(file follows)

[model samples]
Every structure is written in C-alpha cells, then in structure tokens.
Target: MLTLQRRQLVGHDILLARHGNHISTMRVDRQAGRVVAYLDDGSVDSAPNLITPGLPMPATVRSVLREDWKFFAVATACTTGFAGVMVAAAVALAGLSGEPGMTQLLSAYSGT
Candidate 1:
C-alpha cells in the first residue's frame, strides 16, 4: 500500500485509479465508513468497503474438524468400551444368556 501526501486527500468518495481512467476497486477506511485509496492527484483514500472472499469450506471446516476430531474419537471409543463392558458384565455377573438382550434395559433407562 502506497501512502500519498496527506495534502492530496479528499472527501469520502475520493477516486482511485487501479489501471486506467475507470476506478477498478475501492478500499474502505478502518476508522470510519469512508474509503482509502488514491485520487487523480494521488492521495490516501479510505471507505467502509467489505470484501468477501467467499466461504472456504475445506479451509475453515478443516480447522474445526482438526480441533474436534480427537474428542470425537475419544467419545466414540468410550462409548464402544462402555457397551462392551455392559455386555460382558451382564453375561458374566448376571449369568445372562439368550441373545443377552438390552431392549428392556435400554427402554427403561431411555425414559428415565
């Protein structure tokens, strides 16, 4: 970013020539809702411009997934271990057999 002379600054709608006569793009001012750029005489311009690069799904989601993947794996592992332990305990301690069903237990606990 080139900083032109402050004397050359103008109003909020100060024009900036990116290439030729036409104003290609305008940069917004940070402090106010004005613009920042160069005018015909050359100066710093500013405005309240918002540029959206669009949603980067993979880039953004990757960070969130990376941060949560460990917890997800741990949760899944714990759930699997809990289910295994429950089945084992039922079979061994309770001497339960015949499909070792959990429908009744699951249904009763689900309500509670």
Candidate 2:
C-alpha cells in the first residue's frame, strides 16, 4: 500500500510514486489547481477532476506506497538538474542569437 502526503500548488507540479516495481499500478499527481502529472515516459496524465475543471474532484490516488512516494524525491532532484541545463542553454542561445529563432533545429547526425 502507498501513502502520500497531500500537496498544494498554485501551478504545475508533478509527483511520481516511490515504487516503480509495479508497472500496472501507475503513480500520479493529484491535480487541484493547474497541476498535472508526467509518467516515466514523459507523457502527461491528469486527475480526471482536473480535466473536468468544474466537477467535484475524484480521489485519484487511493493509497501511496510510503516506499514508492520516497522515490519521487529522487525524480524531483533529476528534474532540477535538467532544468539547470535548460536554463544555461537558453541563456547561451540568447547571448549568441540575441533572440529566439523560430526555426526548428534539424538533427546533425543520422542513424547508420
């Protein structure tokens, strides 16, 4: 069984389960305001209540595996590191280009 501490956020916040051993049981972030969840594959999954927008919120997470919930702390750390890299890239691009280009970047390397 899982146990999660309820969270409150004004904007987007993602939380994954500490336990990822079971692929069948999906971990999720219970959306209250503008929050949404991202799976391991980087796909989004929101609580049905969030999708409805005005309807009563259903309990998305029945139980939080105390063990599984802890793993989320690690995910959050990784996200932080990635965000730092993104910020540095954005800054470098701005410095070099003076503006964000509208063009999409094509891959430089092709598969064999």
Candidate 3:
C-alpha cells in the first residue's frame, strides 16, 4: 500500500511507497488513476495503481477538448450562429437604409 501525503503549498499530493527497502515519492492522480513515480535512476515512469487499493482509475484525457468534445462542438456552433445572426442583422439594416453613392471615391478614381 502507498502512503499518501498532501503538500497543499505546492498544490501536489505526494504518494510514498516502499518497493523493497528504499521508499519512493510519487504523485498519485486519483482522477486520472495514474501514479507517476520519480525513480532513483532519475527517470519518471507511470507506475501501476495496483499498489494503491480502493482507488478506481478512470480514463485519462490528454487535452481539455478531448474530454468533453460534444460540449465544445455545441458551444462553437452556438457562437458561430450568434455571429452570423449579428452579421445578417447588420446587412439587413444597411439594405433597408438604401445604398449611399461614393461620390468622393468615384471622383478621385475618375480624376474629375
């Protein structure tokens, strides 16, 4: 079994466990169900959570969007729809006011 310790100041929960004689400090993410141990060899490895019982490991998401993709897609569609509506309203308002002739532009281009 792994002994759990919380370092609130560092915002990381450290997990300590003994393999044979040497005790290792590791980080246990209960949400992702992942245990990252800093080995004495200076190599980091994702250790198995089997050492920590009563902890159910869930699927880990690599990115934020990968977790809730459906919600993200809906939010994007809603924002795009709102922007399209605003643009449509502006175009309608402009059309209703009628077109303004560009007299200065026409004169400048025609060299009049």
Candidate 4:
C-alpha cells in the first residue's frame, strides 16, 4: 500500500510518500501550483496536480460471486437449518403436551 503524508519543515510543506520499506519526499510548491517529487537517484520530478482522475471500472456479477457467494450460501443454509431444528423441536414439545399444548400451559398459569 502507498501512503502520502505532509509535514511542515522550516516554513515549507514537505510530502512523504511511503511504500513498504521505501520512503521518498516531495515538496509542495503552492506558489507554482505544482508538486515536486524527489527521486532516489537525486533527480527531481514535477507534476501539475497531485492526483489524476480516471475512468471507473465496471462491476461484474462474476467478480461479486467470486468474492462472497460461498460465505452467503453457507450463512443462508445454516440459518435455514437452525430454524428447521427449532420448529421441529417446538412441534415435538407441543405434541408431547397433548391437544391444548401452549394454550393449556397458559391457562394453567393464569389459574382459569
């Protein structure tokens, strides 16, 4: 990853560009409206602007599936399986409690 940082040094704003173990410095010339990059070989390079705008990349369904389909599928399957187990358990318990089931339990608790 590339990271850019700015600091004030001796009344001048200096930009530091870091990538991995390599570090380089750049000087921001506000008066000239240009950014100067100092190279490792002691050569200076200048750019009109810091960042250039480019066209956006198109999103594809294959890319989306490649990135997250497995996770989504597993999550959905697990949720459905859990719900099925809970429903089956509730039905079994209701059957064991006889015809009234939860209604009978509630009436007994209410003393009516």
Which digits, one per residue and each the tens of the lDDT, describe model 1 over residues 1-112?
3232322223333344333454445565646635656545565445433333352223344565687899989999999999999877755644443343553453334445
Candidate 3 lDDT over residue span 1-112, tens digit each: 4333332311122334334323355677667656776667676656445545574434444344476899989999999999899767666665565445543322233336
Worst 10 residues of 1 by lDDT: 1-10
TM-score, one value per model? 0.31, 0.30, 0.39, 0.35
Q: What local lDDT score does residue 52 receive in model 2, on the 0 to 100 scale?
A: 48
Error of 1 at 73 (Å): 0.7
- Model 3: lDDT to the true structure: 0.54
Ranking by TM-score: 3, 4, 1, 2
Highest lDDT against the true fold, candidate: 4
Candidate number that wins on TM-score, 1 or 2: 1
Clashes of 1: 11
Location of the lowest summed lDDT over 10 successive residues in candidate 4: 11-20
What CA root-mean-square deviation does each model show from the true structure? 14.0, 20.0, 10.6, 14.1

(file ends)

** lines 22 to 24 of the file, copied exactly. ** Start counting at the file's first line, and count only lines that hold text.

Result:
A: 48
Error of 1 at 73 (Å): 0.7
- Model 3: lDDT to the true structure: 0.54